Monday, December 20, 2010


A few more things:

The album will be $10,
 and cover the admission price.
No opening acts, 
but guest musicians will include:
Julia Mecham
Beaux Underwood
David Darais
The Williams Family Band
There will be yummy things to eat.
I'm really, really excited for this!
I'll probably make a couple more posters that are less vague,
and don't make it look like the band "weary as we are" 
is releasing an album called "Luke Williams." 
Mostly because I like making posters :)
Asterisks look like snowflakes.
I love you!

Saturday, December 11, 2010

"I want to punch him in his stupid face."

I'm doing some research for one of my final papers, and there is a twenty-something woman with dark hair and a small chin standing directly to my right, talking on her cell phone about how much she hates the "pretentious douchebag" on the other side of the coffeeshop who is having a loud (and admittedly rather one-sided) conversation, which is bothering her while she is studying. Such wonderfully thick contradiction.

Neither of them, incidentally, have stupid faces.

Monday, December 6, 2010

technically? maybe.

If I'm sad about the visceral, beautiful, oppressive smog, and it pulls a thick cough from the throat it's coating, and saline tears from my blue-green eyes, am I crying?

Tuesday, November 30, 2010

Wednesday, November 17, 2010

Happy Birthday Jeff, and Mama, You've Been On My Mind

Jeff Buckley would be 44 years old today if he hadn't walked into Wolf River Harbor with his steel-toed boots on. Luckily, although he only recorded one studio album, he left behind a ridiculous amount of live and bootleg material, most of which has been posthumously released and is easy to find. If you're anything like me, Live at Sin-é (Legacy Edition) is the album to get. Gone is the 90s grunge-flair of his studio recordings, which actually turned me off from his music for a couple years. The songs on Sin-é are stripped down, just the man and his telecaster. Most of the tracks are too long to keep the average blog-reader's attention (myself included, I know how it goes), but I'll link you to some of my favorites in case you're interested. Otherwise, just check out this great Bob Dylan cover for now. It's not from Sin-é, but it'll give you a taste:

Mama, You've Been On My Mind --- Bob Dylan

Perhaps it is the color of the sun cut flat
An' cov'rin' the crossroads I'm standing at,
Or maybe it's the weather or something like that,
But mama, you been on my mind.

I mean no trouble, please don't put me down, don’t get upset,
I am not pleading or saying that "I can't forget you."
I do not pace the floor bowed down and bent, but yet,
Mama, you been on my mind.

Even though my eyes are hazy and my thoughts they might be narrow,
Where you been don't bother me or bring me down in sorrow.
I don't even mind who you'll be waking with tomorrow,
But mama, you're just on my mind.

I am not askin' you to say words like "yes" or "no,"
Please understand me, I have no place I’m callin’ you to go.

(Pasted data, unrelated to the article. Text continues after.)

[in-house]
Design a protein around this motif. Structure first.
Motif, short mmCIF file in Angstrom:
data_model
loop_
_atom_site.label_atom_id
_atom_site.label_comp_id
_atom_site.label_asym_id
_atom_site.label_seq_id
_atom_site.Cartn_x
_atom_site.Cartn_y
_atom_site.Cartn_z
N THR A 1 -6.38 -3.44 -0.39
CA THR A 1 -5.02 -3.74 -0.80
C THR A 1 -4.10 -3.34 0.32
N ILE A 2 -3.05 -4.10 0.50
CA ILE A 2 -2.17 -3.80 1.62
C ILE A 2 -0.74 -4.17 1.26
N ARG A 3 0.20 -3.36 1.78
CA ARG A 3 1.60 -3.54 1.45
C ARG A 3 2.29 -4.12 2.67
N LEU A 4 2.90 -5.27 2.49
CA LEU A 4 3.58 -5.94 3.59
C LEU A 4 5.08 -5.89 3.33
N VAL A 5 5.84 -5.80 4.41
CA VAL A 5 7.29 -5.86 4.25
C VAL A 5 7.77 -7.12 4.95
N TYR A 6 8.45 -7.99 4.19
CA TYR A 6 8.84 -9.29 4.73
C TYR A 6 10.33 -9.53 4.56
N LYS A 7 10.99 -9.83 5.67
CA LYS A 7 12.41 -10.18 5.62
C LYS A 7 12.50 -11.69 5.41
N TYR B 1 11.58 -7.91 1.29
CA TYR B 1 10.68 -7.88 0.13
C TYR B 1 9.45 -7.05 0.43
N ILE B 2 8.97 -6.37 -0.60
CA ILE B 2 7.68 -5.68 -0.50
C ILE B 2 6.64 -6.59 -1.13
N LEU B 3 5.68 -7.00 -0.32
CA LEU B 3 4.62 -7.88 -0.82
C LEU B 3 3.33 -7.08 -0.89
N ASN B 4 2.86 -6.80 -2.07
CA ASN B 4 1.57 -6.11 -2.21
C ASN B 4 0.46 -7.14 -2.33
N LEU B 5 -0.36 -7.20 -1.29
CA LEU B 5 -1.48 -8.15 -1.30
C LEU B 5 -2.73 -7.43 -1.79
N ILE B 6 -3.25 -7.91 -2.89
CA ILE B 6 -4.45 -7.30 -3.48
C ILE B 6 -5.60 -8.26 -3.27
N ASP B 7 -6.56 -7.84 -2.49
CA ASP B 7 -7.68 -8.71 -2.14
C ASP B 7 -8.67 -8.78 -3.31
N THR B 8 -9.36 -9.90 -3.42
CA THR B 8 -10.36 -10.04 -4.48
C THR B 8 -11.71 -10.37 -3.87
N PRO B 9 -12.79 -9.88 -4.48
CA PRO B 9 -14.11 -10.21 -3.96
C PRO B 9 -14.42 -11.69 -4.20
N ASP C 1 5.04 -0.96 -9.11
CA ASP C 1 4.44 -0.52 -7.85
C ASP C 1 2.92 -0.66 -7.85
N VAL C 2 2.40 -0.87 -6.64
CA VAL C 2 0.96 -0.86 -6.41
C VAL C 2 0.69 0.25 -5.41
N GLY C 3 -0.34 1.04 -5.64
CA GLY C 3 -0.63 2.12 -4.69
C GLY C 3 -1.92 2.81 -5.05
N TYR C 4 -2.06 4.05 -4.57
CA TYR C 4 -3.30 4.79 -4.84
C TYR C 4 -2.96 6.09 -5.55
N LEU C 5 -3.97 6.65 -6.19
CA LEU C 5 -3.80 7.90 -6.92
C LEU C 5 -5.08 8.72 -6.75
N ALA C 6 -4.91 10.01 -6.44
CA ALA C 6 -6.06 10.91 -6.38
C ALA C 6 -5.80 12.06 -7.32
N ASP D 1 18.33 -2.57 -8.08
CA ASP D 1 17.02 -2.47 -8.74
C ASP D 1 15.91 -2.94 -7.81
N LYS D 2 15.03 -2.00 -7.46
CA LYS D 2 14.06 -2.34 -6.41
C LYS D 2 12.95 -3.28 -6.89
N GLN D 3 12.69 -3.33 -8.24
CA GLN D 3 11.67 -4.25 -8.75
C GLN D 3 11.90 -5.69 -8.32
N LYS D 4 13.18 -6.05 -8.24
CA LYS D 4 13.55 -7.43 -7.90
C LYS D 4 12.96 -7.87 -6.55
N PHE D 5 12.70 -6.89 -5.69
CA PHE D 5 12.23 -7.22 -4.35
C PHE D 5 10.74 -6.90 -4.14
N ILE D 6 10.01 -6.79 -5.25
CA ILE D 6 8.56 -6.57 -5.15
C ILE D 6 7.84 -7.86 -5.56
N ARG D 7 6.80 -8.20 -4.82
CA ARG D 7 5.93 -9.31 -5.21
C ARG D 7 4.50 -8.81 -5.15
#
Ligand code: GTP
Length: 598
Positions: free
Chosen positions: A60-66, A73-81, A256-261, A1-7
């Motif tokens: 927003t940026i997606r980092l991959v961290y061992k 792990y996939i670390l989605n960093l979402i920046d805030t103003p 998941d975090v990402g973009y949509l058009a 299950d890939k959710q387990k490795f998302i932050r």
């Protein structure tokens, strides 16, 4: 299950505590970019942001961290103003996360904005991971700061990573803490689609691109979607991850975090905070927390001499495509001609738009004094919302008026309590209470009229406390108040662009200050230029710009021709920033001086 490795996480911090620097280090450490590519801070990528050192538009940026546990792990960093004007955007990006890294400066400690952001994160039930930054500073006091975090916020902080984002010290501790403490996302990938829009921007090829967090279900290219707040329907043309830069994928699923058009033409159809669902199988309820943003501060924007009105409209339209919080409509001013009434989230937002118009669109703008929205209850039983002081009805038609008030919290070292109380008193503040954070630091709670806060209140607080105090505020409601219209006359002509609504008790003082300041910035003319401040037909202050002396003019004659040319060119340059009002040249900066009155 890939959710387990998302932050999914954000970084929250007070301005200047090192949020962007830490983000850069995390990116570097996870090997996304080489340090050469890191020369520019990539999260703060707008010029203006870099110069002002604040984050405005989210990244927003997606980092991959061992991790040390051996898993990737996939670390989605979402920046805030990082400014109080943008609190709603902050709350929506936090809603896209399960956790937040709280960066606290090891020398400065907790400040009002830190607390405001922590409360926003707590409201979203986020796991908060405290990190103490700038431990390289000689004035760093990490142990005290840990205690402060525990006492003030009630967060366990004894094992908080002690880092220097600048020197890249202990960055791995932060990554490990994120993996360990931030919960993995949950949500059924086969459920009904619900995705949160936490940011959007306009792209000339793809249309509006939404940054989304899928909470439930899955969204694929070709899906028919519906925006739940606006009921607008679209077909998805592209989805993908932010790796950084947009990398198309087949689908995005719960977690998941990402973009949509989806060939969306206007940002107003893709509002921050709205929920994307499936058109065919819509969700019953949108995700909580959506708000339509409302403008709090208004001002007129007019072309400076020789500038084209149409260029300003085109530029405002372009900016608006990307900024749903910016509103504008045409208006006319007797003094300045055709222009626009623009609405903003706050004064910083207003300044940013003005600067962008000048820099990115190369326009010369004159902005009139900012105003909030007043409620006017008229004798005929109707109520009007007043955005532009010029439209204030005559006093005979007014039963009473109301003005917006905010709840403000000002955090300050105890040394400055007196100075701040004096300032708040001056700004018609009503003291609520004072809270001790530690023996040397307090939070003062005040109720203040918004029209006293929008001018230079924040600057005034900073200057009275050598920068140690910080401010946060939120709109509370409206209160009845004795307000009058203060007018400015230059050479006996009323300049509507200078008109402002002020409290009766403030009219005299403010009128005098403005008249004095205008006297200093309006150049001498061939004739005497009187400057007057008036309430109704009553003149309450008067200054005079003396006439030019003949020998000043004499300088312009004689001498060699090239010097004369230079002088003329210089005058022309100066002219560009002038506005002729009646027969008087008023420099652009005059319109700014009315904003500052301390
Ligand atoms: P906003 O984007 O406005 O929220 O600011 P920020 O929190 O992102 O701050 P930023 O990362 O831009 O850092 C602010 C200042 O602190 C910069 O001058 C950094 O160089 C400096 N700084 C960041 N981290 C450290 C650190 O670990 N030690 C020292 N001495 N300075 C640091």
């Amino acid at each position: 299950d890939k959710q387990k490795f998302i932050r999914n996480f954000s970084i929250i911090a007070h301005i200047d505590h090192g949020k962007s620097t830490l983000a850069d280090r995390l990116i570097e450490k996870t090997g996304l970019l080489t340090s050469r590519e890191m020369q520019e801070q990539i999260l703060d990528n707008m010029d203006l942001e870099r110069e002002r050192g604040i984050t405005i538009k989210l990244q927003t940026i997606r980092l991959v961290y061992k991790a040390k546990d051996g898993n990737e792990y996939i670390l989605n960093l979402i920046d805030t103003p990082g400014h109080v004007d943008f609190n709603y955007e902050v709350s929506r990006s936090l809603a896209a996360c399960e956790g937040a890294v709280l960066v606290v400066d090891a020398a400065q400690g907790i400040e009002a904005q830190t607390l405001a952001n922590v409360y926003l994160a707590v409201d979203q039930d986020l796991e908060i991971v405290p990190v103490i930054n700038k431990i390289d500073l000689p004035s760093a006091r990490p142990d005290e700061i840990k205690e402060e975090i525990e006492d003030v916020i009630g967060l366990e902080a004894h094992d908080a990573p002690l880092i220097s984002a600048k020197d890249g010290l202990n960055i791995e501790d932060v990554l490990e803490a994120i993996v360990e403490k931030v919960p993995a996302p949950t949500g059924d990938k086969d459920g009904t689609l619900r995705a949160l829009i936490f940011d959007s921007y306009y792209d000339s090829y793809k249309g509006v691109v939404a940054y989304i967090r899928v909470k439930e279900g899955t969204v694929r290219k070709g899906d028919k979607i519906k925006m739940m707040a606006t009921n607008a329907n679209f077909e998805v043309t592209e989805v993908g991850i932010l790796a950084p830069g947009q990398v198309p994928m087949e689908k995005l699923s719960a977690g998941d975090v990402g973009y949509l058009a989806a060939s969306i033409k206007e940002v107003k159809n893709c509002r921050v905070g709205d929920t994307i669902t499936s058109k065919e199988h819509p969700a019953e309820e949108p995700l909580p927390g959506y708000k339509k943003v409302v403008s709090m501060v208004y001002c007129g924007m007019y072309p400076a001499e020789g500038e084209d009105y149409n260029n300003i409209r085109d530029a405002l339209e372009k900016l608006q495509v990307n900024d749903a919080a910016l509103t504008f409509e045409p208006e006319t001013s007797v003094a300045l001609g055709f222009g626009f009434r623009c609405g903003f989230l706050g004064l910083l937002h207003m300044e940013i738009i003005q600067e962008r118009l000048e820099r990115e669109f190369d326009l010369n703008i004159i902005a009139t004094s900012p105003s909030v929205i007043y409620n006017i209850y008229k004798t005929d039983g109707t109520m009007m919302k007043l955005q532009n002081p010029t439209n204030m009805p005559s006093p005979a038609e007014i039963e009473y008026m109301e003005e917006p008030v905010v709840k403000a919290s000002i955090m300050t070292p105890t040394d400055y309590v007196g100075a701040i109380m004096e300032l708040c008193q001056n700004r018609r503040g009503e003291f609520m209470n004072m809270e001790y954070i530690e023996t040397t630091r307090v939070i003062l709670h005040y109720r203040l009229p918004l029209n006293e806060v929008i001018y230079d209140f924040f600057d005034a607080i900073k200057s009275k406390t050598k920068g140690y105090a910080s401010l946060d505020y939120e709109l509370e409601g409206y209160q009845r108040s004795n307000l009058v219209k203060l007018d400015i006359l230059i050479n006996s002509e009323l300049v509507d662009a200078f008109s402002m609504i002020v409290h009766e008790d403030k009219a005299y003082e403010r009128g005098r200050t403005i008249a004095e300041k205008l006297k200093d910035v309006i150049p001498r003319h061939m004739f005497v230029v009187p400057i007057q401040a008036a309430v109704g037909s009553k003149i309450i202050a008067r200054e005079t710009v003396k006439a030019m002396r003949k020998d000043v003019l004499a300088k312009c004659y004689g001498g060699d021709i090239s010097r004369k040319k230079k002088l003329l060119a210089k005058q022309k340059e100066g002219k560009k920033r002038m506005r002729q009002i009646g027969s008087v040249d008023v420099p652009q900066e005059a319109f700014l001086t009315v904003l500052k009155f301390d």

I'm just whispering to myself so I can't pretend that I don't know,
But mama, you're just on my mind.

When you wake up in the mornin' and look inside your mirror,
You know I won't be next to you, you know I won't be near.
I'd just be curious to know if you can see yourself as clear
As someone who has had you on his mind.

The best of Jeff Buckley on YouTube, curated by Luke Williams
More Dylan covers: If You See Her, Say Hello (starts @1:09), Just Like A Woman
Original Stuff: Lover, You Should've Come Over is the good original from Sin-é on YouTube.
Etc: If You Knew (Nina Simone cover), The Way Young Lovers Do (Van Morrison cover).

Holy hannah, that's a lot links. Most of those songs are 7-10 minutes long, too. Sorry. I don't know, I guess if you're bored, and you need some background music, there you go. Myself, I can't get enough of it.

Happy B-day, and thanks, Mr. Buckley.

Sunday, November 14, 2010


This is mesmerizing.

Part circus routine, part modern dance, total respect to this guy for 1) his talent, and 2) his graceful performance.

The piano/cello backing track makes the whole thing seem so serene, not a display of physical strength or even human ability, but something cycling, a flowing series of movements, as natural as a wave breaking over the sand on a calm morning.

Monday, November 8, 2010

Weary As We Are

The record has a name! Jan's getting all the artwork figured out, and Simon and I are hard at work on a new website (if it works, it's going to be a pretty little thing).

It's snowing in Salt Lake City today, and I will be soaked and cold when I get home, but I'll make coffee and sit by the window and be truly happy and grateful to have been given the chance, for a moment, to experience my animal physicality, pushing my legs against the wind and through the slush, my breath hot against my scarf, lips, cheeks, fingers burning in my gloves, and to have the earth experience me, a little conglomeration of flesh and water and proteins and language emitting heat as I brace against its cold, emitting CO2 as I run my muscular processes on its icy oxygen, and occasionally emitting songs in the tradition of its birds, whales, humans, crackling rivers, growling volcanos, humming winds. Days like this remind me that we are not so removed from these cycles and traditions as we so often allow ourselves to believe. 

I love you!


Tuesday, October 26, 2010

"everything your twisted smile conveys"

I've never listened to much Amos Lee, so credit for this one goes to my dear friend Julia Mecham, who put it (different version, though. I like this one better. I am better than Julia) on a mix for me when I was stuck in bed with mono.